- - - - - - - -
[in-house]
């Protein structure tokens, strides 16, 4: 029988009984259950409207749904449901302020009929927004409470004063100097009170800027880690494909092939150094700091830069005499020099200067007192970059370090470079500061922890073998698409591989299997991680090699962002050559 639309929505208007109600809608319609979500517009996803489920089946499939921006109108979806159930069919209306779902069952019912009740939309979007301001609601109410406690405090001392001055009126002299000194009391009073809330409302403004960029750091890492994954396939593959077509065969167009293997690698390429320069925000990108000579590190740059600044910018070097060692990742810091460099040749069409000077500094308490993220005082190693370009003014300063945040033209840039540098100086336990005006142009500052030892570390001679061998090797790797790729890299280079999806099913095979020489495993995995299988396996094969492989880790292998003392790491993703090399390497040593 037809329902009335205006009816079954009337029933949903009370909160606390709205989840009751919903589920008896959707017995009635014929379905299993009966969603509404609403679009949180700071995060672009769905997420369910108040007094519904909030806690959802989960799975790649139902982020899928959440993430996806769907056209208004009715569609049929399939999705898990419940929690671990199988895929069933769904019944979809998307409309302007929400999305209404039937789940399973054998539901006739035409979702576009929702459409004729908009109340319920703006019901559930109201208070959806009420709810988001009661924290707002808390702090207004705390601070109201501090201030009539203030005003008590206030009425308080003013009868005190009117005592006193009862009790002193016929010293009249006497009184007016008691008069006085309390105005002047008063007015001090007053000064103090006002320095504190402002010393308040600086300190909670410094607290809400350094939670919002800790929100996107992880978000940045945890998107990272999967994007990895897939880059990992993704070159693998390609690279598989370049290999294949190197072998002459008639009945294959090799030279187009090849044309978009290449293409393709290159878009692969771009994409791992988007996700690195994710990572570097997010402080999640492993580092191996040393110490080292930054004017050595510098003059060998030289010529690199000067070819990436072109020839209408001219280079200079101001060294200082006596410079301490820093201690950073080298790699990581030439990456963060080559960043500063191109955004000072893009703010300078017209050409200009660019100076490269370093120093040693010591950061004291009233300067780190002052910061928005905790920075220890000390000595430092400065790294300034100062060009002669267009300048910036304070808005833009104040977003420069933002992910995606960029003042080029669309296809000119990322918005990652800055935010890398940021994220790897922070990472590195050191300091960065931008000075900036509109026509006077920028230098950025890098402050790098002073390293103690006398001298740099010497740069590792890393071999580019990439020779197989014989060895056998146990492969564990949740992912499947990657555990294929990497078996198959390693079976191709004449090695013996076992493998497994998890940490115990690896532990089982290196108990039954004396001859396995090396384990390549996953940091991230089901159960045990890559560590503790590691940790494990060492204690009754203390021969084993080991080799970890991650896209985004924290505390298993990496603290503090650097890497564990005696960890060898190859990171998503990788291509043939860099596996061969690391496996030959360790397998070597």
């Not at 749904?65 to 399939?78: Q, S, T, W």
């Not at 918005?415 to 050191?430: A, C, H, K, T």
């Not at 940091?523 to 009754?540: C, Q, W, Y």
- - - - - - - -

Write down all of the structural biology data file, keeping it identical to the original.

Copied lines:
[in-house]
């Protein structure tokens, strides 16, 4: 029988009984259950409207749904449901302020009929927004409470004063100097009170800027880690494909092939150094700091830069005499020099200067007192970059370090470079500061922890073998698409591989299997991680090699962002050559 639309929505208007109600809608319609979500517009996803489920089946499939921006109108979806159930069919209306779902069952019912009740939309979007301001609601109410406690405090001392001055009126002299000194009391009073809330409302403004960029750091890492994954396939593959077509065969167009293997690698390429320069925000990108000579590190740059600044910018070097060692990742810091460099040749069409000077500094308490993220005082190693370009003014300063945040033209840039540098100086336990005006142009500052030892570390001679061998090797790797790729890299280079999806099913095979020489495993995995299988396996094969492989880790292998003392790491993703090399390497040593 037809329902009335205006009816079954009337029933949903009370909160606390709205989840009751919903589920008896959707017995009635014929379905299993009966969603509404609403679009949180700071995060672009769905997420369910108040007094519904909030806690959802989960799975790649139902982020899928959440993430996806769907056209208004009715569609049929399939999705898990419940929690671990199988895929069933769904019944979809998307409309302007929400999305209404039937789940399973054998539901006739035409979702576009929702459409004729908009109340319920703006019901559930109201208070959806009420709810988001009661924290707002808390702090207004705390601070109201501090201030009539203030005003008590206030009425308080003013009868005190009117005592006193009862009790002193016929010293009249006497009184007016008691008069006085309390105005002047008063007015001090007053000064103090006002320095504190402002010393308040600086300190909670410094607290809400350094939670919002800790929100996107992880978000940045945890998107990272999967994007990895897939880059990992993704070159693998390609690279598989370049290999294949190197072998002459008639009945294959090799030279187009090849044309978009290449293409393709290159878009692969771009994409791992988007996700690195994710990572570097997010402080999640492993580092191996040393110490080292930054004017050595510098003059060998030289010529690199000067070819990436072109020839209408001219280079200079101001060294200082006596410079301490820093201690950073080298790699990581030439990456963060080559960043500063191109955004000072893009703010300078017209050409200009660019100076490269370093120093040693010591950061004291009233300067780190002052910061928005905790920075220890000390000595430092400065790294300034100062060009002669267009300048910036304070808005833009104040977003420069933002992910995606960029003042080029669309296809000119990322918005990652800055935010890398940021994220790897922070990472590195050191300091960065931008000075900036509109026509006077920028230098950025890098402050790098002073390293103690006398001298740099010497740069590792890393071999580019990439020779197989014989060895056998146990492969564990949740992912499947990657555990294929990497078996198959390693079976191709004449090695013996076992493998497994998890940490115990690896532990089982290196108990039954004396001859396995090396384990390549996953940091991230089901159960045990890559560590503790590691940790494990060492204690009754203390021969084993080991080799970890991650896209985004924290505390298993990496603290503090650097890497564990005696960890060898190859990171998503990788291509043939860099596996061969690391496996030959360790397998070597």
């Not at 749904?65 to 399939?78: Q, S, T, W």
């Not at 918005?415 to 050191?430: A, C, H, K, T």
């Not at 940091?523 to 009754?540: C, Q, W, Y």